UGH. So new developments. After some crunching and discussions and some mighty contemplation over springing for a used d800, it looks like that is not in the cards ATM. It could be, but it would be a tad irresponsible and truth be told I looked back and realized that I haven't logged a year yet (will be a year this June) shooting RAW / Manual. I'm trying to pump the breaks. If I can make it though the summer / and fall that's a start. If I can hit 2 years shooting DX I'll KNOW I put my time in. a

    I was sure I was settled on the 50mm focal length since used that most this summer. It struck me today as I rolled out the fake wood flooring (roll of vinyl I bought at Ollies) in preparation for practice for my daughters cake smash and one year shoot which I need to do this week, that 50mm may be too tight in my living room! Ee gads, the focal length I've loved all summer is all of a sudden failing me. Suddenly I realized that shooting her indoors is just a whole different cup of tea and is forcing me into making choices I probably would've have made otherwise. Well, that and finally coming to terms with the fact I am up to one year off of buying an FX camera unless fortunes change (possible).

    After all this, I'm looking at running to my local Best Buy (because I need to do this 1 year shoot within the week) and picking up the 35mm 1.8g for DX camera. Sad face. I am frustrated because I didn't want to invest in DX lenses and go through the pain of selling it a year from now. I guess I could plan on keeping my camera as a backup when that day finally comes, and keep the lenses that go with it. I'm also frustrated that I'm not getting the 50 I had my heart set up. But I finally realized 50 probably won't work in this specific instance which is pretty important to me. I'm trying to temper this with the money savings and the whole 'paying my dues' mentality. I keep reading about how 35mm is the normal view for crop camera which I probably should heed.

    Alas. Spring is around the corner, and I have a $50 b&h gift card to throw at something. I'm thinking in time for the warm weather I will save up a bit add a 50mm. Then I know I'll be set for summer! I'll just need to come to a final desicion between the 1.8 and 1.4. Been reading about this so much. Photography life suggests that most people will be happy with the 1.8 that is performs better except not as nice bokeh. Seems like that may be the *smarter* choice from what I've read despite the fact that I will probably lust after the 1.4. (probably irrational).

    Deciding to stay DX for awhile and the need to shoot in my cramped living room has dictated this choice. I believe that there are some swap groups online so selling shouldn't be a problem if I ever need to.

    I'm not even going to worry about testing my 35mm lens when it comes because if it acts up or seems off I'm just going to ship it and my body which I think is back focusing, back to Nikon.

    I dream about FX camera and 85mm 1.4 classic portrait lens. Ah, perhaps by next summer (!?) Maybe if I can start a photo biz I can get it sooner ;) At least for what's left of winter and for next winter I'm covered indoors with this DX lens.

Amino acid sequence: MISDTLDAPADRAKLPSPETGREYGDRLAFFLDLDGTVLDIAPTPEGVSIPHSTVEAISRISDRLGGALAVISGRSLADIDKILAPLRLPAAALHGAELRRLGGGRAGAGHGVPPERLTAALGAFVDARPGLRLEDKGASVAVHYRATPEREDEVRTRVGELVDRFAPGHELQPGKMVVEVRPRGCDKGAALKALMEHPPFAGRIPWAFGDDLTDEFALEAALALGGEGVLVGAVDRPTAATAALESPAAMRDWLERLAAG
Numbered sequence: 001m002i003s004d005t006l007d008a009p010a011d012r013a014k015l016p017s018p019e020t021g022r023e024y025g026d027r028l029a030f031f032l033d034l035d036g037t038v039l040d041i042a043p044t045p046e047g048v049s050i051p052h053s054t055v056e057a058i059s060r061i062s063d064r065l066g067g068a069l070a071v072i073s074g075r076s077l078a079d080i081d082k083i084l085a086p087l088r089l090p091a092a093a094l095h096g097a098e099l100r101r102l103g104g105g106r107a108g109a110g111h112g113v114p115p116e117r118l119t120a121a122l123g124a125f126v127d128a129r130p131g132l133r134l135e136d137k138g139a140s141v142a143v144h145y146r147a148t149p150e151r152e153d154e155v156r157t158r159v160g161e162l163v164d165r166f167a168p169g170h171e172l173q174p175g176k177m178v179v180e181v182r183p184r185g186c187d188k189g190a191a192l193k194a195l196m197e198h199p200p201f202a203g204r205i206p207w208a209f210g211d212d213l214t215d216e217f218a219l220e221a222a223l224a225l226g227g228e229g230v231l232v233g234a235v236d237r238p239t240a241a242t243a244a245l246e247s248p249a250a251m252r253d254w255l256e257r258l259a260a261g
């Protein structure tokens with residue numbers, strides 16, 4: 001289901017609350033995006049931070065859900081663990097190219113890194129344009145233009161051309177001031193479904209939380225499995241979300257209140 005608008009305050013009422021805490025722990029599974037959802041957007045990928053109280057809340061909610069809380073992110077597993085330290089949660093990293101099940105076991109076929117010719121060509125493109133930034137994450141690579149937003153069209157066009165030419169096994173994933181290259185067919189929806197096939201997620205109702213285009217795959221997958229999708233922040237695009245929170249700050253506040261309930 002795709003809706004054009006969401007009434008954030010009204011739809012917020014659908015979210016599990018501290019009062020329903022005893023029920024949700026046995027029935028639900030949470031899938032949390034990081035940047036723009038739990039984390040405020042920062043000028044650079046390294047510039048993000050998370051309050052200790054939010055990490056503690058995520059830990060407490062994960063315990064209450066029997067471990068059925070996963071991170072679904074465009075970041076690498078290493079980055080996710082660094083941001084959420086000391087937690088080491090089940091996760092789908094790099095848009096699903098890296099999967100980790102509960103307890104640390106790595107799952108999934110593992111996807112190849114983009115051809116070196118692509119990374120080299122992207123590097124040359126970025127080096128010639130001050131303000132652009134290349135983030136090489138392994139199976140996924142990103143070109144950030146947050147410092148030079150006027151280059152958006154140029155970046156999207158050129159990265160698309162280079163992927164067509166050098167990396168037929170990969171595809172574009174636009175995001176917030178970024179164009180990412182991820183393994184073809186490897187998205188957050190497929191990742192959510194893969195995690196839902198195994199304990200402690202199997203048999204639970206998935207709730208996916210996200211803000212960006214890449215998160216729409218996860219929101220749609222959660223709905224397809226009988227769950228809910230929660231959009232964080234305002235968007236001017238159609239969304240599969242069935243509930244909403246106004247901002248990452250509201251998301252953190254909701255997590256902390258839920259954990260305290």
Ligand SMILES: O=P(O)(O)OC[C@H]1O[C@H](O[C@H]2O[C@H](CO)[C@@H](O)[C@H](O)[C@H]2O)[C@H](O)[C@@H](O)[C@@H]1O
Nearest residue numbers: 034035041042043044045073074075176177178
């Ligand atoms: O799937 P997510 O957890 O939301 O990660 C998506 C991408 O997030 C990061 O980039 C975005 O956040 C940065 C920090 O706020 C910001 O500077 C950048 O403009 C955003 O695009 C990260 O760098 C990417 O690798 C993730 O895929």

Post edited by Charmdesign on
    Camera: Nikon D7000, Lenses: Nikon AF-S DX Nikkor 18-105mm f/3.5-5.6G ED VR, 35mm 1.8G DX, Ai'd MF: 50mm 1.4, 28mm 1.4, 24-70mm
  • PB_PMPB_PM Posts: 4,366Member
    edited January 2014
    delete
    Post edited by PB_PM on
    If I take a good photo it's not my camera's fault.
  • PhotobugPhotobug Posts: 5,348Member
    PB_PM how come come Canadian retailers do not have to sell at the VAMP price? May have VAMP wrong, could be VAP...I forgot. Any way really curious how they are allowed to sell below that fixed price.
    D750 & D7100 | 24-70 F2.8 G AF-S ED, 70-200 F2.8 AF VR, TC-14E III, TC-1.7EII, 35 F2 AF D, 50mm F1.8G, 105mm G AF-S VR | Backup & Wife's Gear: D5500 & Sony HX50V | 18-140 AF-S ED VR DX, 55-300 AF-S G VR DX |
    |SB-800, Amaran Halo LED Ring light | MB-D16 grip| Gitzo GT3541 + RRS BH-55LR, Gitzo GM2942 + Sirui L-10 | RRS gear | Lowepro, ThinkTank, & Hoodman gear | BosStrap | Vello Freewave Plus wireless Remote, Leica Lens Cleaning Cloth |
  • PB_PMPB_PM Posts: 4,366Member
    Nikon Canada does not force Canadian dealers to sell at MSRP "Merchant Suggested Retail Price" because it is just that, a suggestion. If the store can afford to sell it for less (they take less profit as a result) then that is up to them.
    If I take a good photo it's not my camera's fault.
  • Golf007sdGolf007sd Posts: 2,840Moderator
    @Charmdesign: The Nikon 35 1.8 DX is a fantastic lens which will produce great image on your D7000. In fact, that lens has been preeminently mounted on my D7000 since I got my D4. However, if you are worried about the funds not going towards a FX lens, then within the 35mm focal length, you may want to wait and see what the new Nikon 35 1.8 FX has to offer. Otherwise, the Sigma 35 1.4 Art series is your only true alternative.
    D4 & D7000 | Nikon Holy Trinity Set + 105 2.8 Mico + 200 F2 VR II | 300 2.8G VR II, 10.5 Fish-eye, 24 & 50 1.4G, 35 & 85 1.8G, 18-200 3.5-5.6 VR I SB-400 & 700 | TC 1.4E III, 1.7 & 2.0E III, 1.7 | Sigma 35 & 50 1.4 DG HSM | RRS Ballhead & Tripods Gear | Gitzo Monopod | Lowepro Gear | HDR via Promote Control System |
  • PhotobugPhotobug Posts: 5,348Member
    I know what MSRP is, but I thought there was a lower VAPM, or something like that, that was less than MSRP and dealer could not sell below that cost or Nikon would pull their product line from that store.

    That is why B&H, Adorama, and others now throw in free stuff plus a 2 or 4% rebate if you are a member of their club.
    D750 & D7100 | 24-70 F2.8 G AF-S ED, 70-200 F2.8 AF VR, TC-14E III, TC-1.7EII, 35 F2 AF D, 50mm F1.8G, 105mm G AF-S VR | Backup & Wife's Gear: D5500 & Sony HX50V | 18-140 AF-S ED VR DX, 55-300 AF-S G VR DX |
    |SB-800, Amaran Halo LED Ring light | MB-D16 grip| Gitzo GT3541 + RRS BH-55LR, Gitzo GM2942 + Sirui L-10 | RRS gear | Lowepro, ThinkTank, & Hoodman gear | BosStrap | Vello Freewave Plus wireless Remote, Leica Lens Cleaning Cloth |